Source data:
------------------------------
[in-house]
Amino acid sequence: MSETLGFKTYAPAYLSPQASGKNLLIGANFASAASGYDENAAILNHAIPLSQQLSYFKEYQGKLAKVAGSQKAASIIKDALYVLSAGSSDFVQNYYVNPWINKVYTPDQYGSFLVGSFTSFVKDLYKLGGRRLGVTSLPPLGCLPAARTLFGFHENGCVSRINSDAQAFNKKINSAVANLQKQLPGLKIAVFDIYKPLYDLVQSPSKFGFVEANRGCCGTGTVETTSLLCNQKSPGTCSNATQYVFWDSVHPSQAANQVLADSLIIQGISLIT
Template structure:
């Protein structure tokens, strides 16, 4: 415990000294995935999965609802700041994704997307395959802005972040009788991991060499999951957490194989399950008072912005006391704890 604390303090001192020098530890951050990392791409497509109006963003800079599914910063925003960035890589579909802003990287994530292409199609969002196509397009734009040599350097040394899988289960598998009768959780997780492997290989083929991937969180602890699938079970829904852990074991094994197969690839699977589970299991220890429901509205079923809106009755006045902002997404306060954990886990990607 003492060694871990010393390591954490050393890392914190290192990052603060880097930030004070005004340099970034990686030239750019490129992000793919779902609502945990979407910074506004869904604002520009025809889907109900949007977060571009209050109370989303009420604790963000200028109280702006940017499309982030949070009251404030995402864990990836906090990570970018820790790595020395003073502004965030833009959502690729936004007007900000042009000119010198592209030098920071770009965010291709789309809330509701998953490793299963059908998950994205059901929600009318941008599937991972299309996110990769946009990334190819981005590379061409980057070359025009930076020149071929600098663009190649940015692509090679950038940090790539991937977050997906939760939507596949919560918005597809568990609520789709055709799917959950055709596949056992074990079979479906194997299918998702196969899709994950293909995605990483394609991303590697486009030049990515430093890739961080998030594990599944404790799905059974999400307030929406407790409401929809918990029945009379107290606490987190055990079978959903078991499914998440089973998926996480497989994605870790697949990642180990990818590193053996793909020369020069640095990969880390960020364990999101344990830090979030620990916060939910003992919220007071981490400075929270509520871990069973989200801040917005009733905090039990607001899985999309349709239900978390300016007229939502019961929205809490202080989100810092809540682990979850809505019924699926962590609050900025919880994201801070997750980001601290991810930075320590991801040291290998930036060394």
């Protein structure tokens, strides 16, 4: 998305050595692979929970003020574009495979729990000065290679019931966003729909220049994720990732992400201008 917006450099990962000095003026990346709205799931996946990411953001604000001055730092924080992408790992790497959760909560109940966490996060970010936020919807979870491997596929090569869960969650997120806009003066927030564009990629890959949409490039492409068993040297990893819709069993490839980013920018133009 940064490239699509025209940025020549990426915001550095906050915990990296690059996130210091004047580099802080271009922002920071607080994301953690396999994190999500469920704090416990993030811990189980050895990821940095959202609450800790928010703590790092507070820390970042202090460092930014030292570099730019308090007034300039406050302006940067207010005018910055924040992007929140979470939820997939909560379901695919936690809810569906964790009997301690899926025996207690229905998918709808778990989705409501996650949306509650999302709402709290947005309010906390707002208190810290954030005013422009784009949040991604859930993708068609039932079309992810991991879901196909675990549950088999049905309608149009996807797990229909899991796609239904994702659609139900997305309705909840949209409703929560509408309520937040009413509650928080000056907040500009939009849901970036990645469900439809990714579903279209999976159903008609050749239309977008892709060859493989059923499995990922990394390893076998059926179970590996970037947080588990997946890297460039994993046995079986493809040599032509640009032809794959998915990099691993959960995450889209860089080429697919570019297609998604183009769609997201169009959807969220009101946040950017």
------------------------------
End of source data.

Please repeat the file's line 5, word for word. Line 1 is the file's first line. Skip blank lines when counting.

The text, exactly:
């Protein structure tokens, strides 16, 4: 998305050595692979929970003020574009495979729990000065290679019931966003729909220049994720990732992400201008 917006450099990962000095003026990346709205799931996946990411953001604000001055730092924080992408790992790497959760909560109940966490996060970010936020919807979870491997596929090569869960969650997120806009003066927030564009990629890959949409490039492409068993040297990893819709069993490839980013920018133009 940064490239699509025209940025020549990426915001550095906050915990990296690059996130210091004047580099802080271009922002920071607080994301953690396999994190999500469920704090416990993030811990189980050895990821940095959202609450800790928010703590790092507070820390970042202090460092930014030292570099730019308090007034300039406050302006940067207010005018910055924040992007929140979470939820997939909560379901695919936690809810569906964790009997301690899926025996207690229905998918709808778990989705409501996650949306509650999302709402709290947005309010906390707002208190810290954030005013422009784009949040991604859930993708068609039932079309992810991991879901196909675990549950088999049905309608149009996807797990229909899991796609239904994702659609139900997305309705909840949209409703929560509408309520937040009413509650928080000056907040500009939009849901970036990645469900439809990714579903279209999976159903008609050749239309977008892709060859493989059923499995990922990394390893076998059926179970590996970037947080588990997946890297460039994993046995079986493809040599032509640009032809794959998915990099691993959960995450889209860089080429697919570019297609998604183009769609997201169009959807969220009101946040950017």